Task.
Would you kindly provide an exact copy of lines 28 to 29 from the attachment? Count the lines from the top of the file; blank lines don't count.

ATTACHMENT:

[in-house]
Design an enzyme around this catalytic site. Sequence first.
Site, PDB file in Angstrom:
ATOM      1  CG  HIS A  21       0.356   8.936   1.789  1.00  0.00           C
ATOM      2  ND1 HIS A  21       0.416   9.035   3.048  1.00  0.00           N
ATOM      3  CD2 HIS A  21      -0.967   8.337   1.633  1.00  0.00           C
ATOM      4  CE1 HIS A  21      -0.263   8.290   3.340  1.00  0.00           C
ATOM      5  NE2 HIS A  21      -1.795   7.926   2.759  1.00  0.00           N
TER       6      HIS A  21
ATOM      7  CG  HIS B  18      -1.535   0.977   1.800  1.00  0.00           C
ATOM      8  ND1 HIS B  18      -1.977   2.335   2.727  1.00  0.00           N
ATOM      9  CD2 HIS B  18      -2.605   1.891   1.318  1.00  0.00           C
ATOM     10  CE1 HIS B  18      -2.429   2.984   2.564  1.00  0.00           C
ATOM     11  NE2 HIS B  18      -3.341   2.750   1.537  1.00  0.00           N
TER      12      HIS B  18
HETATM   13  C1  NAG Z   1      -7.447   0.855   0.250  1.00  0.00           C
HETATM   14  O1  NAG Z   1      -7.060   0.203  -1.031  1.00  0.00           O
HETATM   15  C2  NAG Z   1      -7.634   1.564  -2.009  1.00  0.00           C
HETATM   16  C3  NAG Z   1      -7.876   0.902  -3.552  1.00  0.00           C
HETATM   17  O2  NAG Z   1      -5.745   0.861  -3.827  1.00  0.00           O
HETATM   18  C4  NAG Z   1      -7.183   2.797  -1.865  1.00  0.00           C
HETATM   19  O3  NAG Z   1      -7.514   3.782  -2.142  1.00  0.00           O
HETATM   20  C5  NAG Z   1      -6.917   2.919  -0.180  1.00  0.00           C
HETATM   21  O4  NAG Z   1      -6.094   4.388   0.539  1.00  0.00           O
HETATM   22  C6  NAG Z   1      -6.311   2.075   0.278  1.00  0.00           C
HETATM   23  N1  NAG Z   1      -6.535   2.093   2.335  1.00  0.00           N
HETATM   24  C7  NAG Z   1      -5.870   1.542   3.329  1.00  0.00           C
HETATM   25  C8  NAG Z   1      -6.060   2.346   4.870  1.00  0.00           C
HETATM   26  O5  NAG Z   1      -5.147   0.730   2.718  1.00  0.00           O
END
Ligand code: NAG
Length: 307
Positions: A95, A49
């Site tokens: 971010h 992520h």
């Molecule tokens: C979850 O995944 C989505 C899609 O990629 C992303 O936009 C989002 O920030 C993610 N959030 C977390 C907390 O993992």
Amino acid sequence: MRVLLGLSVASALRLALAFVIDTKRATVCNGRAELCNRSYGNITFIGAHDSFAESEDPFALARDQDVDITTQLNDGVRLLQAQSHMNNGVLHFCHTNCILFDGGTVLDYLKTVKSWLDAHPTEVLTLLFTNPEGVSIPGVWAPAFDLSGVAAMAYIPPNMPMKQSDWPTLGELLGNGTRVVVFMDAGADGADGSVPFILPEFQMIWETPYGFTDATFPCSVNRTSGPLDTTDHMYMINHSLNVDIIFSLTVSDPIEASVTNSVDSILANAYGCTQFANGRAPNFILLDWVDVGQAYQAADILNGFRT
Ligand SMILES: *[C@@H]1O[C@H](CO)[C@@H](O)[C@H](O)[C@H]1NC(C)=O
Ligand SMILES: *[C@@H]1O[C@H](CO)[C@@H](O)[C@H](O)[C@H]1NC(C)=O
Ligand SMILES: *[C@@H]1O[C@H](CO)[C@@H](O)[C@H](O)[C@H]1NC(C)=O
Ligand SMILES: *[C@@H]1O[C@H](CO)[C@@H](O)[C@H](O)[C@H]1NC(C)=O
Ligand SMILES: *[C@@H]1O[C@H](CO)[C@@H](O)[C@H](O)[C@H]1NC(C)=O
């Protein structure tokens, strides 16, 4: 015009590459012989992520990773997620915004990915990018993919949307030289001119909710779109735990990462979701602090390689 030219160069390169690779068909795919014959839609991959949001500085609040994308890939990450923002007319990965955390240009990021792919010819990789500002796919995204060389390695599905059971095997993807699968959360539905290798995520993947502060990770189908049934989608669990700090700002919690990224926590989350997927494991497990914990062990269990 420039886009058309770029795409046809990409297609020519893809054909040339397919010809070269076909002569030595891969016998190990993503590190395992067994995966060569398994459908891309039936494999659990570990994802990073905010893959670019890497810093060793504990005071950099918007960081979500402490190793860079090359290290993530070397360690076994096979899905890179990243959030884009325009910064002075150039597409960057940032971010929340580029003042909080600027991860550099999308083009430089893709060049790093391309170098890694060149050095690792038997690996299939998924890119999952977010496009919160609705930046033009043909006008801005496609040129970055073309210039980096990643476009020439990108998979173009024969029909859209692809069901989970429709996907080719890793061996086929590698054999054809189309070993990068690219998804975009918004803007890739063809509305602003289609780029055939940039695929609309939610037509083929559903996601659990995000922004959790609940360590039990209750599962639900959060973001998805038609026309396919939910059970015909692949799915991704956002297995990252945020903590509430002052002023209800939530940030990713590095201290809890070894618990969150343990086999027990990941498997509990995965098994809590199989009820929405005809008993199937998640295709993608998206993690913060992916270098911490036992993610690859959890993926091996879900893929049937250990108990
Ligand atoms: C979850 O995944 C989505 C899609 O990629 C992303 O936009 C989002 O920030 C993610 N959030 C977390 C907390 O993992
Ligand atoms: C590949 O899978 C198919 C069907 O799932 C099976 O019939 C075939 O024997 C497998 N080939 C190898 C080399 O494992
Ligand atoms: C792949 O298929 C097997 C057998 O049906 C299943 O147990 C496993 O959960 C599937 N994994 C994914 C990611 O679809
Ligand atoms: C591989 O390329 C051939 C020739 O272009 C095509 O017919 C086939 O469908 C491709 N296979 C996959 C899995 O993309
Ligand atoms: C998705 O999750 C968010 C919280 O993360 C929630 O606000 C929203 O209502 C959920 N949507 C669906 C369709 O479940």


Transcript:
HETATM   25  C8  NAG Z   1      -6.060   2.346   4.870  1.00  0.00           C
HETATM   26  O5  NAG Z   1      -5.147   0.730   2.718  1.00  0.00           O